Three thousand years ago, Poverty Point was the center of the most advanced civilization north of the Rio Grande. Prehistoric people built a town of massive earthen mounds here; archaeologists estimate it took some five-million labor hours to haul the dirt in basket by basket.

 

Poverty Point
Louisiana Convention and Visitors Bureau
Poverty Point Naitonal Monument, as seen from above.

The central part consists of six rows of concentric arcs, forming an enormous semicircle. Each arc of raised earth was originally 10 to 15 feet high. It is believed that these ridges served as foundations for dwellings. Connected to the outermost arc is Poverty Point Mound, a huge mound shaped like a bird with outstretched wings. It measures approximately 700 by 800 feet at its base and rises 70 feet into the air.

The Poverty Point inhabitants established an extensive trade network here; then, between 1400 and 1350 b.c., they abandoned the site. The visitor center has many artifacts on display, including beads and small stone tools unique to this culture. The center's Lookout Point, which has a scale model of the entire facility at its base, offers an excellent perspective of the enormity of the site's mounds. The monument also offers self-guided interpretive trails, special guided tours, and the opportunity to observe archaeologists at work.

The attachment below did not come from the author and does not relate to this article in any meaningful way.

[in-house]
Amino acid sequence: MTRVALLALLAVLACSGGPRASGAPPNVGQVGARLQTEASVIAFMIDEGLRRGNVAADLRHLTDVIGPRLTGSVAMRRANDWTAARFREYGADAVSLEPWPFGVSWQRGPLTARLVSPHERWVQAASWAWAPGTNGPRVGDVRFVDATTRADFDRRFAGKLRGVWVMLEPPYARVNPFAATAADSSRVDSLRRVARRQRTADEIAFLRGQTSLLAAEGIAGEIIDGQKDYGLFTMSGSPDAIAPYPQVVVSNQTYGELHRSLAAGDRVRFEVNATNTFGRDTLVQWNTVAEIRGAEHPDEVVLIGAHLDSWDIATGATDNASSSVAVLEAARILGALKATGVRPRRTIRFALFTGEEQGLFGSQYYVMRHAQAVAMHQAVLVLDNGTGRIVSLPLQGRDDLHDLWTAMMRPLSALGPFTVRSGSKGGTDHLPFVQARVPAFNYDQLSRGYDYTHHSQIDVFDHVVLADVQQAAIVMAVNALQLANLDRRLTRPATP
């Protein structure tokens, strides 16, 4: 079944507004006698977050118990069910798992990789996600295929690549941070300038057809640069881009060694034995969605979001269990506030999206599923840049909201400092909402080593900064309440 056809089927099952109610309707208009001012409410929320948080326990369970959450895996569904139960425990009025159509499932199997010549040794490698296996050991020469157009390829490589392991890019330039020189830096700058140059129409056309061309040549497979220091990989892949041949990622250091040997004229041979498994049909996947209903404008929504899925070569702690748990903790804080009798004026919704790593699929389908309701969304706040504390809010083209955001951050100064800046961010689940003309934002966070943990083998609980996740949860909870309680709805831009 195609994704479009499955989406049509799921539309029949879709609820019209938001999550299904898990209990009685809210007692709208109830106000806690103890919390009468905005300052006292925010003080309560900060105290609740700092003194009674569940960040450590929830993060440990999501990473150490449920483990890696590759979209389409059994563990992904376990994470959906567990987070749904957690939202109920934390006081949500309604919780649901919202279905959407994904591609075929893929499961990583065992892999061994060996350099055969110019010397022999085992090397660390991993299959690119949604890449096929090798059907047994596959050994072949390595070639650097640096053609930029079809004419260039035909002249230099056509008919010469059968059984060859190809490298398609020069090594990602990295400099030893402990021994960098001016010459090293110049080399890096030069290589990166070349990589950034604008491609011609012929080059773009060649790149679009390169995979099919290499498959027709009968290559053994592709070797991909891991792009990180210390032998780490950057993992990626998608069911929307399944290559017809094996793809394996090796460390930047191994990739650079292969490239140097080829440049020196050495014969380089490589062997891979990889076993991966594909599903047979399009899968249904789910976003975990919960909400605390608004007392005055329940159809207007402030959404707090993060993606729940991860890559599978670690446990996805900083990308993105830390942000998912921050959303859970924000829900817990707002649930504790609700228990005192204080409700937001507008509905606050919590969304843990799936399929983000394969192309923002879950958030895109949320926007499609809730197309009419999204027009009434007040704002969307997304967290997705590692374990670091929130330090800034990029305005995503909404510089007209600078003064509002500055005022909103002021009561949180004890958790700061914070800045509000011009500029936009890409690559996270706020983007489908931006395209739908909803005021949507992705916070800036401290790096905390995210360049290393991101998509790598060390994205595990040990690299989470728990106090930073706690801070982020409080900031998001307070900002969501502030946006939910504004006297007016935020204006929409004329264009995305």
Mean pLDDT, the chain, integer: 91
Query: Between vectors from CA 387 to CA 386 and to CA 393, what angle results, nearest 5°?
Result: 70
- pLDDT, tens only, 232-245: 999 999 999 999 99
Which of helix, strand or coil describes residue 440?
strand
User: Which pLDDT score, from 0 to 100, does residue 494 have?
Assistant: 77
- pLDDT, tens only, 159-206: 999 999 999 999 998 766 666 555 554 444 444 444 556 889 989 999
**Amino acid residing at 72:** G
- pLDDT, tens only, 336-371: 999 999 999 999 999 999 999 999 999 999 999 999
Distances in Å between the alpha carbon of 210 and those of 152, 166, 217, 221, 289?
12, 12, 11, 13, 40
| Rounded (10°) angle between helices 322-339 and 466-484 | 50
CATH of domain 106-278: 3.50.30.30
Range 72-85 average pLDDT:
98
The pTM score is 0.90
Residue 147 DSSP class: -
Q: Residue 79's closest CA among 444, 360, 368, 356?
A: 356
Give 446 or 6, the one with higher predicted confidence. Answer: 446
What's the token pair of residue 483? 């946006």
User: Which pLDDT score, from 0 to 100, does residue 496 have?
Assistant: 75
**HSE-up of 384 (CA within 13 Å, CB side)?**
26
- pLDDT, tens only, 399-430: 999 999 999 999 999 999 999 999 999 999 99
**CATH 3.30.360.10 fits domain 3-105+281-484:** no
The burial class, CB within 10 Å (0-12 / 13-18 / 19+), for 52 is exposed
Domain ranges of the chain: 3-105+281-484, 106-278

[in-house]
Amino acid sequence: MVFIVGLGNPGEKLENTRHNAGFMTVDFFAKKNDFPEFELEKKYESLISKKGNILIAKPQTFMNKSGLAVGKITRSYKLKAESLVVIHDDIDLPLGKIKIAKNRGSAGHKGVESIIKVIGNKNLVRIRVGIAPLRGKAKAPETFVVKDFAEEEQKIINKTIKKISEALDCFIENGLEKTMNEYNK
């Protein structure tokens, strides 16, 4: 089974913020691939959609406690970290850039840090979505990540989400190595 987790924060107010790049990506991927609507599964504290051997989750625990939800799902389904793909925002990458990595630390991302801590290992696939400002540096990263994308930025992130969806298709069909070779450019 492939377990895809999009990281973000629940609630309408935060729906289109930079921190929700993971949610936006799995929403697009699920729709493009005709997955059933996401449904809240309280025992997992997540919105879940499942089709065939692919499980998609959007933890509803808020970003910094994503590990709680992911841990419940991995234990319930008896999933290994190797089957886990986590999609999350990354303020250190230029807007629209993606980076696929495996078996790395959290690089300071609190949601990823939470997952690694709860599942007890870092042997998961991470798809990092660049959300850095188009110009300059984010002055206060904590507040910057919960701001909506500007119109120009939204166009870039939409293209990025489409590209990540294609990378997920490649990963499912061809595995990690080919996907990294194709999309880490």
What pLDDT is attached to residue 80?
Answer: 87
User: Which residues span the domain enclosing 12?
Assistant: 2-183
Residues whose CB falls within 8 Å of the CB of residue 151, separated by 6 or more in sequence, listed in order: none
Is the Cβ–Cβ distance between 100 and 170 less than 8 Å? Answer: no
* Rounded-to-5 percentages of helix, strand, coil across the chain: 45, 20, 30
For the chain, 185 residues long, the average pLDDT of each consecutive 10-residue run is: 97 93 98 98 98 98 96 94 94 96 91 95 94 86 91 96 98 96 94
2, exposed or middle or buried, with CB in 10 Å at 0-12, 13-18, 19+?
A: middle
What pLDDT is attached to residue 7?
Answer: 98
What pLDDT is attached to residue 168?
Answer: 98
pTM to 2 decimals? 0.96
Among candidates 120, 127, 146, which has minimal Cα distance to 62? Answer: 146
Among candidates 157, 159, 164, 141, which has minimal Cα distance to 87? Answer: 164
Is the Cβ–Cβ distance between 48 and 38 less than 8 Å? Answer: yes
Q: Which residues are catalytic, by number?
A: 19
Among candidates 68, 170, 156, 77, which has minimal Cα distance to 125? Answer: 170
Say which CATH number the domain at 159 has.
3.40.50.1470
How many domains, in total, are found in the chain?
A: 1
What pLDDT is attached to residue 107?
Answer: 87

Poverty Point was designated a national monument in 1988, but it is owned and operated by the Office of State Parks, State of Louisiana.

Poverty Point National Monument Information

Address: Epps, LA 71237

Telephone: 318/926-5492 or 888/926-5492
Hours of Operation: Open daily 9 a.m. - 5 p.m. except Thanksgiving, Christmas, and New Year's Day
Admission: $2; free for visitors 12 and younger or 62 and older

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To learn more about national monuments, memorials, and historic sites, and other travel destinations in North America, visit:

ABOUT THE AUTHOR:

Eric Peterson is a Denver-based author who has contributed to numerous guidebooks about the Western United States.